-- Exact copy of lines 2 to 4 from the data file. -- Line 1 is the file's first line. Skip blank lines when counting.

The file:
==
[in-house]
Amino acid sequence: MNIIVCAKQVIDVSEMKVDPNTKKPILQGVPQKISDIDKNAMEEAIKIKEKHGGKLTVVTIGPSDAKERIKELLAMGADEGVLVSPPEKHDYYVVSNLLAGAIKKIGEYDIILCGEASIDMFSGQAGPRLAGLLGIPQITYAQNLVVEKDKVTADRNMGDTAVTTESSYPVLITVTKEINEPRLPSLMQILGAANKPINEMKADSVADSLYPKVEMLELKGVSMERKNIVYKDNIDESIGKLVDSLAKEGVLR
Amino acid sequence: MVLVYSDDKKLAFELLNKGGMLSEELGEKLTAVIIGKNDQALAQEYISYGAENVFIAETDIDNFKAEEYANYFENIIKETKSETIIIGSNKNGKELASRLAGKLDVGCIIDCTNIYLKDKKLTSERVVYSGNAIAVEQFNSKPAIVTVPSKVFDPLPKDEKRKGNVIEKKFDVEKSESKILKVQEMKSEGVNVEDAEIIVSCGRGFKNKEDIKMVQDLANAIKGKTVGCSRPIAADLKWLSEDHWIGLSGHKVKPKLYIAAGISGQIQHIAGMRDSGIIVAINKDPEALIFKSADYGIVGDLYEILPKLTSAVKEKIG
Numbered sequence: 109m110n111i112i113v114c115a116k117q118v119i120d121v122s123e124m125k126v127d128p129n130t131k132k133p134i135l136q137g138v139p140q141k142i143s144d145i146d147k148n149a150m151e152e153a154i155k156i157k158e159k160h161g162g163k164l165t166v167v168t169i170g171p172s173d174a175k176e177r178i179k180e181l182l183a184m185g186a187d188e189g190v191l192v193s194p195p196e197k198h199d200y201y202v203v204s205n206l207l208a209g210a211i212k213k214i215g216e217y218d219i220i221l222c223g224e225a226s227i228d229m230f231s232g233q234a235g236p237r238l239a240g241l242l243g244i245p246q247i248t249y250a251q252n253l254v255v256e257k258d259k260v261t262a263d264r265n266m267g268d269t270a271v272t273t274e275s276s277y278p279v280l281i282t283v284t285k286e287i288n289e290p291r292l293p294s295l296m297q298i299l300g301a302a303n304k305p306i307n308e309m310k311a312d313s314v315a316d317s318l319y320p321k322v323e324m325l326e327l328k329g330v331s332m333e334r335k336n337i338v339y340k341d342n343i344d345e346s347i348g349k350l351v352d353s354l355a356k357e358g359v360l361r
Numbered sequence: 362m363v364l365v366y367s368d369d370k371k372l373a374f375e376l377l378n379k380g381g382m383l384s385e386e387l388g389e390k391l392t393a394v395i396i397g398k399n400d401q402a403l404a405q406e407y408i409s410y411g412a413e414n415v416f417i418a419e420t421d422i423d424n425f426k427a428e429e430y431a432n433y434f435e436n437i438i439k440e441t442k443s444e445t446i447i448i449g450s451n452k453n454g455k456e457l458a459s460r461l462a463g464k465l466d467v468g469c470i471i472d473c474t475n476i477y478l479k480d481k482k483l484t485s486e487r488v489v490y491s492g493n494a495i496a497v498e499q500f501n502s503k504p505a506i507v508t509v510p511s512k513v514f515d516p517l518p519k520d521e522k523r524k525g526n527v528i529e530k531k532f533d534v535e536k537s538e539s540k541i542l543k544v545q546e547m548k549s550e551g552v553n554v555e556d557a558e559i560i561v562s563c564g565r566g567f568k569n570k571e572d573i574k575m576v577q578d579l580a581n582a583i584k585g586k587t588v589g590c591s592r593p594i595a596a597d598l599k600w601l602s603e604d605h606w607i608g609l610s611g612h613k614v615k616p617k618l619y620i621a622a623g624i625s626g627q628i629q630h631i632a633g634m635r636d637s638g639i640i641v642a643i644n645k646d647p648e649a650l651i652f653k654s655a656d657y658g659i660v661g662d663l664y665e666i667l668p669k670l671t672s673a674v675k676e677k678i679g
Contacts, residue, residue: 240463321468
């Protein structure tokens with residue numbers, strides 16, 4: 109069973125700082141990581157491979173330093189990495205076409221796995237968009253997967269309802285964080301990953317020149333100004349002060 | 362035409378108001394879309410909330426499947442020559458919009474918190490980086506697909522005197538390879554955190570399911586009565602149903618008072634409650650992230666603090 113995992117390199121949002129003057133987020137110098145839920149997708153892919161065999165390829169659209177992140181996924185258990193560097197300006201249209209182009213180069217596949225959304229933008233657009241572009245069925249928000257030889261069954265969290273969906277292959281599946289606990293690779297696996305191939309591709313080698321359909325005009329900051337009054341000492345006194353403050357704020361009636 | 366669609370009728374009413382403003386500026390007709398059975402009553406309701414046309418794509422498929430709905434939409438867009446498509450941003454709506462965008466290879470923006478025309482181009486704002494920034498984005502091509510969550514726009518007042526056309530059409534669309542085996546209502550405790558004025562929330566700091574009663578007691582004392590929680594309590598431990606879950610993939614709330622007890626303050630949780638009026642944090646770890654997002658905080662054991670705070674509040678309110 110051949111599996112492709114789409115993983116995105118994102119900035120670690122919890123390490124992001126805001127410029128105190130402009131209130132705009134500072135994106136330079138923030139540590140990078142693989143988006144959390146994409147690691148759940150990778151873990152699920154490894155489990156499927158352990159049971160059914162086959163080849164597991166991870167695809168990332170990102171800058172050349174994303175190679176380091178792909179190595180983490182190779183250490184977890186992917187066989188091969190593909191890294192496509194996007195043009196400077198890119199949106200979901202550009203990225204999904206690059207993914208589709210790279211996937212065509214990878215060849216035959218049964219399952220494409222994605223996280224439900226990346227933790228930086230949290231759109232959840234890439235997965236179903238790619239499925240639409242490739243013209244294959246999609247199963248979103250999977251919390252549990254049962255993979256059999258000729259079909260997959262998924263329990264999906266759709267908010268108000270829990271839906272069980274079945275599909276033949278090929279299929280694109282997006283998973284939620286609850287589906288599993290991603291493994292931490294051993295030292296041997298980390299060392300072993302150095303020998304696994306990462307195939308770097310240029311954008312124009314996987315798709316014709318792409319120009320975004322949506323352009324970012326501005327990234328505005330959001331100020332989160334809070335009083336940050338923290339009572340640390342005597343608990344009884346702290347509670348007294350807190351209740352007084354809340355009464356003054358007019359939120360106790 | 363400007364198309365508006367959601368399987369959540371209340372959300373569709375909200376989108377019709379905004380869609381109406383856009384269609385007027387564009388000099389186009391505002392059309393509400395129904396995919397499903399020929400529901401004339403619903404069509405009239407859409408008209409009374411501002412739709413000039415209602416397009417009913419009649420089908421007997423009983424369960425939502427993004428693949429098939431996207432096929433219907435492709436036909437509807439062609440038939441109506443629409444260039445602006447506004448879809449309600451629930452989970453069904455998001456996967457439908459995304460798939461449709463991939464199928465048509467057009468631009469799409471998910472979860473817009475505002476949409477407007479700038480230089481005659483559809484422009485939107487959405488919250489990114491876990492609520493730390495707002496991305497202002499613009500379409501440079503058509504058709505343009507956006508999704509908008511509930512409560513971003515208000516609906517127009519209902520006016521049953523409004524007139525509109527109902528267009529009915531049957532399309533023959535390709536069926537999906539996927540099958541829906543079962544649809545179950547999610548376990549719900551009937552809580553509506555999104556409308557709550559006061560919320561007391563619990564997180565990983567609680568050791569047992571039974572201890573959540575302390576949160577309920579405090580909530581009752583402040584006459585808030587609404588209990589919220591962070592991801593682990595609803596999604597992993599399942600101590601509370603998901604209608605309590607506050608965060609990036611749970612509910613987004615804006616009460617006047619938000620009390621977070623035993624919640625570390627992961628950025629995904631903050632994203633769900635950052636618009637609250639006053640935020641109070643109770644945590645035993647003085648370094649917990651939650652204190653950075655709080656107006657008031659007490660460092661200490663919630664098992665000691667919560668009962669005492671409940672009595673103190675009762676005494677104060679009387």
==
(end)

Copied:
Amino acid sequence: MNIIVCAKQVIDVSEMKVDPNTKKPILQGVPQKISDIDKNAMEEAIKIKEKHGGKLTVVTIGPSDAKERIKELLAMGADEGVLVSPPEKHDYYVVSNLLAGAIKKIGEYDIILCGEASIDMFSGQAGPRLAGLLGIPQITYAQNLVVEKDKVTADRNMGDTAVTTESSYPVLITVTKEINEPRLPSLMQILGAANKPINEMKADSVADSLYPKVEMLELKGVSMERKNIVYKDNIDESIGKLVDSLAKEGVLR
Amino acid sequence: MVLVYSDDKKLAFELLNKGGMLSEELGEKLTAVIIGKNDQALAQEYISYGAENVFIAETDIDNFKAEEYANYFENIIKETKSETIIIGSNKNGKELASRLAGKLDVGCIIDCTNIYLKDKKLTSERVVYSGNAIAVEQFNSKPAIVTVPSKVFDPLPKDEKRKGNVIEKKFDVEKSESKILKVQEMKSEGVNVEDAEIIVSCGRGFKNKEDIKMVQDLANAIKGKTVGCSRPIAADLKWLSEDHWIGLSGHKVKPKLYIAAGISGQIQHIAGMRDSGIIVAINKDPEALIFKSADYGIVGDLYEILPKLTSAVKEKIG
Numbered sequence: 109m110n111i112i113v114c115a116k117q118v119i120d121v122s123e124m125k126v127d128p129n130t131k132k133p134i135l136q137g138v139p140q141k142i143s144d145i146d147k148n149a150m151e152e153a154i155k156i157k158e159k160h161g162g163k164l165t166v167v168t169i170g171p172s173d174a175k176e177r178i179k180e181l182l183a184m185g186a187d188e189g190v191l192v193s194p195p196e197k198h199d200y201y202v203v204s205n206l207l208a209g210a211i212k213k214i215g216e217y218d219i220i221l222c223g224e225a226s227i228d229m230f231s232g233q234a235g236p237r238l239a240g241l242l243g244i245p246q247i248t249y250a251q252n253l254v255v256e257k258d259k260v261t262a263d264r265n266m267g268d269t270a271v272t273t274e275s276s277y278p279v280l281i282t283v284t285k286e287i288n289e290p291r292l293p294s295l296m297q298i299l300g301a302a303n304k305p306i307n308e309m310k311a312d313s314v315a316d317s318l319y320p321k322v323e324m325l326e327l328k329g330v331s332m333e334r335k336n337i338v339y340k341d342n343i344d345e346s347i348g349k350l351v352d353s354l355a356k357e358g359v360l361r